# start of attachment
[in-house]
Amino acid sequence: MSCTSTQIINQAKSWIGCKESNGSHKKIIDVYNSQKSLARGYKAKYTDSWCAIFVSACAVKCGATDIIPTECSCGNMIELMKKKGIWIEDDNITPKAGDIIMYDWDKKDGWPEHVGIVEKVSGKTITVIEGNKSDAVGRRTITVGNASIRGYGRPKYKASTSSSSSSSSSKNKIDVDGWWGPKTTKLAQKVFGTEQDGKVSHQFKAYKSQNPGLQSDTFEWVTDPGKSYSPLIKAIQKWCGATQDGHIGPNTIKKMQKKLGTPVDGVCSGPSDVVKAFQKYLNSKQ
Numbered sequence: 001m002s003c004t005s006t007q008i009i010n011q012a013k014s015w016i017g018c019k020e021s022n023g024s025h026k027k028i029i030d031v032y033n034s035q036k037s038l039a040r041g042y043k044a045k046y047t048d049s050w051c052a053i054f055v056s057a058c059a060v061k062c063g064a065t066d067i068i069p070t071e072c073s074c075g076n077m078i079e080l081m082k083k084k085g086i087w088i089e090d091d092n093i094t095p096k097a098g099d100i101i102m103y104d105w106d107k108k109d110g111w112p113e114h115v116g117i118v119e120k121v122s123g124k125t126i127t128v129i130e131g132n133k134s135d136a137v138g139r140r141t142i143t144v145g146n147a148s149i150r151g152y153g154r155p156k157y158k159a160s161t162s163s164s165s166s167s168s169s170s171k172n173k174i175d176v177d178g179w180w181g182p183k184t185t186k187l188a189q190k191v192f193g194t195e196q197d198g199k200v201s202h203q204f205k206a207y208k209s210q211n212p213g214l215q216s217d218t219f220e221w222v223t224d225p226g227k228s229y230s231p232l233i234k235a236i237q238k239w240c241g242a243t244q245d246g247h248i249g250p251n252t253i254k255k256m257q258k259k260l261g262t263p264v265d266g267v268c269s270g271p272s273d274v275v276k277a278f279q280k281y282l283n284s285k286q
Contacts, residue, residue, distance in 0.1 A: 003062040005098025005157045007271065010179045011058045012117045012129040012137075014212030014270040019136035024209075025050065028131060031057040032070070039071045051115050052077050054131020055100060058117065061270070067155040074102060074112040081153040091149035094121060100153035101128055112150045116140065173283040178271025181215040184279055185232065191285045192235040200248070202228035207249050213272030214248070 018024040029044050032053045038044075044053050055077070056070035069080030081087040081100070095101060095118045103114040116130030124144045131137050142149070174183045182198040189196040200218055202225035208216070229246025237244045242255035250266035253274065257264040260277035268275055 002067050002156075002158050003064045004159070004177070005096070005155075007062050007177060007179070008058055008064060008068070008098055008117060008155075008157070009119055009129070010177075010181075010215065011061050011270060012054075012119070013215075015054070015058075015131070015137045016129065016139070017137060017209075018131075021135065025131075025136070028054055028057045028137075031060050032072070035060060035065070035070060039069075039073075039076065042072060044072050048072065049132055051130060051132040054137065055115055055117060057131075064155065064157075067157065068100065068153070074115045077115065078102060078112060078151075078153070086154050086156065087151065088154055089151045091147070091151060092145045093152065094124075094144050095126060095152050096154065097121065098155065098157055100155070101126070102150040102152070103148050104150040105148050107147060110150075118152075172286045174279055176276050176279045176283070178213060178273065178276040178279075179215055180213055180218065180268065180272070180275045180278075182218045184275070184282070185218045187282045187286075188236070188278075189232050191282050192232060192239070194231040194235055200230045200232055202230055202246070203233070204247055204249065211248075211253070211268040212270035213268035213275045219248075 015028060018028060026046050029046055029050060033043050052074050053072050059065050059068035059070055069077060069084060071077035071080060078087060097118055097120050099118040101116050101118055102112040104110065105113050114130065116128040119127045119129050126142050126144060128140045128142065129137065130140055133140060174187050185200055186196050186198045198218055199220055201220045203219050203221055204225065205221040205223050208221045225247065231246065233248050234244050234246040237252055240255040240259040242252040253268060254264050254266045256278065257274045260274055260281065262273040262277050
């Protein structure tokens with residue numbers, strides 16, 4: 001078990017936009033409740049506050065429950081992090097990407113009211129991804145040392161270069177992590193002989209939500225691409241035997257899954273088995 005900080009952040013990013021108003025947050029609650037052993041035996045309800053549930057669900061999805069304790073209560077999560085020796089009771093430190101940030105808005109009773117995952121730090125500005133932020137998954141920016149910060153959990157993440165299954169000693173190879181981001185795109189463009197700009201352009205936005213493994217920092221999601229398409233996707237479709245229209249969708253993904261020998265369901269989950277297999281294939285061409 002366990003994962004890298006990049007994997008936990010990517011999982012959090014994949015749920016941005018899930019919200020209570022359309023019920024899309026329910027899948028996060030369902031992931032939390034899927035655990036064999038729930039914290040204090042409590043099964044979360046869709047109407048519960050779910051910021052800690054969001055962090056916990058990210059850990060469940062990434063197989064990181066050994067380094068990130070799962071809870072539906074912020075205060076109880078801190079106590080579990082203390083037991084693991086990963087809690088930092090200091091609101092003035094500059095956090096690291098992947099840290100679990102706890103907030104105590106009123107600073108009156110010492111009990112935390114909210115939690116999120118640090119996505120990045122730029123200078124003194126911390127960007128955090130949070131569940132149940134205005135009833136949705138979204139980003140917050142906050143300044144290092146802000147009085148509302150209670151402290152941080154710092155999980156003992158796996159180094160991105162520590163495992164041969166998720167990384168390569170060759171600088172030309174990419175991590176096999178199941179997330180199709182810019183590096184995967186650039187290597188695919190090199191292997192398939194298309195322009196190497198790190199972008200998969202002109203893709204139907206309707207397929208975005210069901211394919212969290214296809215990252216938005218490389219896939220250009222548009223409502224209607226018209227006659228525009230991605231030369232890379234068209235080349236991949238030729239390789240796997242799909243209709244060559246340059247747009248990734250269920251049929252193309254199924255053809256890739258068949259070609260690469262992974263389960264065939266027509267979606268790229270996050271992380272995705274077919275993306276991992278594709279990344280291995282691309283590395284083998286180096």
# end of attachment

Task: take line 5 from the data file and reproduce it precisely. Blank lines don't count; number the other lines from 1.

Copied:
């Protein structure tokens with residue numbers, strides 16, 4: 001078990017936009033409740049506050065429950081992090097990407113009211129991804145040392161270069177992590193002989209939500225691409241035997257899954273088995 005900080009952040013990013021108003025947050029609650037052993041035996045309800053549930057669900061999805069304790073209560077999560085020796089009771093430190101940030105808005109009773117995952121730090125500005133932020137998954141920016149910060153959990157993440165299954169000693173190879181981001185795109189463009197700009201352009205936005213493994217920092221999601229398409233996707237479709245229209249969708253993904261020998265369901269989950277297999281294939285061409 002366990003994962004890298006990049007994997008936990010990517011999982012959090014994949015749920016941005018899930019919200020209570022359309023019920024899309026329910027899948028996060030369902031992931032939390034899927035655990036064999038729930039914290040204090042409590043099964044979360046869709047109407048519960050779910051910021052800690054969001055962090056916990058990210059850990060469940062990434063197989064990181066050994067380094068990130070799962071809870072539906074912020075205060076109880078801190079106590080579990082203390083037991084693991086990963087809690088930092090200091091609101092003035094500059095956090096690291098992947099840290100679990102706890103907030104105590106009123107600073108009156110010492111009990112935390114909210115939690116999120118640090119996505120990045122730029123200078124003194126911390127960007128955090130949070131569940132149940134205005135009833136949705138979204139980003140917050142906050143300044144290092146802000147009085148509302150209670151402290152941080154710092155999980156003992158796996159180094160991105162520590163495992164041969166998720167990384168390569170060759171600088172030309174990419175991590176096999178199941179997330180199709182810019183590096184995967186650039187290597188695919190090199191292997192398939194298309195322009196190497198790190199972008200998969202002109203893709204139907206309707207397929208975005210069901211394919212969290214296809215990252216938005218490389219896939220250009222548009223409502224209607226018209227006659228525009230991605231030369232890379234068209235080349236991949238030729239390789240796997242799909243209709244060559246340059247747009248990734250269920251049929252193309254199924255053809256890739258068949259070609260690469262992974263389960264065939266027509267979606268790229270996050271992380272995705274077919275993306276991992278594709279990344280291995282691309283590395284083998286180096």